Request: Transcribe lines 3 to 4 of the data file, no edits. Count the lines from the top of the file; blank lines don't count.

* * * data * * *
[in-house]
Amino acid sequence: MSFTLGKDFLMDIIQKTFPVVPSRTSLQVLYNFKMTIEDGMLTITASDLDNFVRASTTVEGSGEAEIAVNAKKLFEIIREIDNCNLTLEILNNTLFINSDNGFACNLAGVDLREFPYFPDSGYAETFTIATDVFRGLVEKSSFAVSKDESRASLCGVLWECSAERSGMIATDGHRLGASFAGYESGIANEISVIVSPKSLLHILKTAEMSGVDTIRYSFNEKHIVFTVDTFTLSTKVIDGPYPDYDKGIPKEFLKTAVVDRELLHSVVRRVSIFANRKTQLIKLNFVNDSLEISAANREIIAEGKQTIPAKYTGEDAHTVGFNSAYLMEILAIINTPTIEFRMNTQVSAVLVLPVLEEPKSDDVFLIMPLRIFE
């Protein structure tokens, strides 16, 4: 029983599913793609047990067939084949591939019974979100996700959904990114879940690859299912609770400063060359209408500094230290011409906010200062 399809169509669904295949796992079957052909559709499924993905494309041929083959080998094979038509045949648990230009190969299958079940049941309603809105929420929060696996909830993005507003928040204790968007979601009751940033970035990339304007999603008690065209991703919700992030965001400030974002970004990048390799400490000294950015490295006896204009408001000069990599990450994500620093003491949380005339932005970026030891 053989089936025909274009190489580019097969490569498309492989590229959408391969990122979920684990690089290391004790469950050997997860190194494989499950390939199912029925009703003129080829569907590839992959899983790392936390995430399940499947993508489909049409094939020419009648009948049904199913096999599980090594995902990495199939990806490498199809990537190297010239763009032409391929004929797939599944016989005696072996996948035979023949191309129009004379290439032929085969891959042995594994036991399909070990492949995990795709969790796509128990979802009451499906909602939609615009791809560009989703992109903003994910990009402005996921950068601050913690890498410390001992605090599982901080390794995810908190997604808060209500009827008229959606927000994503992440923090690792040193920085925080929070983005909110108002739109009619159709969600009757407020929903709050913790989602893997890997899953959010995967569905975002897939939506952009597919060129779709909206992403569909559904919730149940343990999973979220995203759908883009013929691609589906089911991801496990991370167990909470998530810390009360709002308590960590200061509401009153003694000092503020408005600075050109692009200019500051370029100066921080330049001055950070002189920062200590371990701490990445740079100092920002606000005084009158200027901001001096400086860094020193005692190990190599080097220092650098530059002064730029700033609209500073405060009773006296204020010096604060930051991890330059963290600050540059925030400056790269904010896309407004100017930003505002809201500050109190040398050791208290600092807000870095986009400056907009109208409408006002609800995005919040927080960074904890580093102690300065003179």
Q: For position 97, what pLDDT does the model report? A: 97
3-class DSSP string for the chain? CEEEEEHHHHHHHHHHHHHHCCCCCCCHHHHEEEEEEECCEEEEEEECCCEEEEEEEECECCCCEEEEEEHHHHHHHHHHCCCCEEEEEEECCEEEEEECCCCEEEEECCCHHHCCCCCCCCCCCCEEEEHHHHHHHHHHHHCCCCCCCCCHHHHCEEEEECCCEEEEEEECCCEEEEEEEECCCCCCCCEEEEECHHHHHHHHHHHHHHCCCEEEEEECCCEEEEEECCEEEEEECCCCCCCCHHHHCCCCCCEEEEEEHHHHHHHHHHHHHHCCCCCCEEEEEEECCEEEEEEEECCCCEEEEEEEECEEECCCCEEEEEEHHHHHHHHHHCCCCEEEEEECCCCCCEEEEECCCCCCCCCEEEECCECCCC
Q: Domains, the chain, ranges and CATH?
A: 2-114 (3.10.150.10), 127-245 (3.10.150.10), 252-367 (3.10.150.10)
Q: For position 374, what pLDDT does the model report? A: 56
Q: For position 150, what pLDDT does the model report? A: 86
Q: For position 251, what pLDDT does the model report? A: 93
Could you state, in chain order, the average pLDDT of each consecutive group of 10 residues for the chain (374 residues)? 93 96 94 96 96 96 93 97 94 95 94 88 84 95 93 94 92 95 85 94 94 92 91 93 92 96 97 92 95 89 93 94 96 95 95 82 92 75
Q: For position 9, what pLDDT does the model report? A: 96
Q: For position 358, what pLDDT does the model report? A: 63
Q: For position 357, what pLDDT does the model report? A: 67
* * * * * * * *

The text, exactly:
């Protein structure tokens, strides 16, 4: 029983599913793609047990067939084949591939019974979100996700959904990114879940690859299912609770400063060359209408500094230290011409906010200062 399809169509669904295949796992079957052909559709499924993905494309041929083959080998094979038509045949648990230009190969299958079940049941309603809105929420929060696996909830993005507003928040204790968007979601009751940033970035990339304007999603008690065209991703919700992030965001400030974002970004990048390799400490000294950015490295006896204009408001000069990599990450994500620093003491949380005339932005970026030891 053989089936025909274009190489580019097969490569498309492989590229959408391969990122979920684990690089290391004790469950050997997860190194494989499950390939199912029925009703003129080829569907590839992959899983790392936390995430399940499947993508489909049409094939020419009648009948049904199913096999599980090594995902990495199939990806490498199809990537190297010239763009032409391929004929797939599944016989005696072996996948035979023949191309129009004379290439032929085969891959042995594994036991399909070990492949995990795709969790796509128990979802009451499906909602939609615009791809560009989703992109903003994910990009402005996921950068601050913690890498410390001992605090599982901080390794995810908190997604808060209500009827008229959606927000994503992440923090690792040193920085925080929070983005909110108002739109009619159709969600009757407020929903709050913790989602893997890997899953959010995967569905975002897939939506952009597919060129779709909206992403569909559904919730149940343990999973979220995203759908883009013929691609589906089911991801496990991370167990909470998530810390009360709002308590960590200061509401009153003694000092503020408005600075050109692009200019500051370029100066921080330049001055950070002189920062200590371990701490990445740079100092920002606000005084009158200027901001001096400086860094020193005692190990190599080097220092650098530059002064730029700033609209500073405060009773006296204020010096604060930051991890330059963290600050540059925030400056790269904010896309407004100017930003505002809201500050109190040398050791208290600092807000870095986009400056907009109208409408006002609800995005919040927080960074904890580093102690300065003179």
Q: For position 97, what pLDDT does the model report? A: 97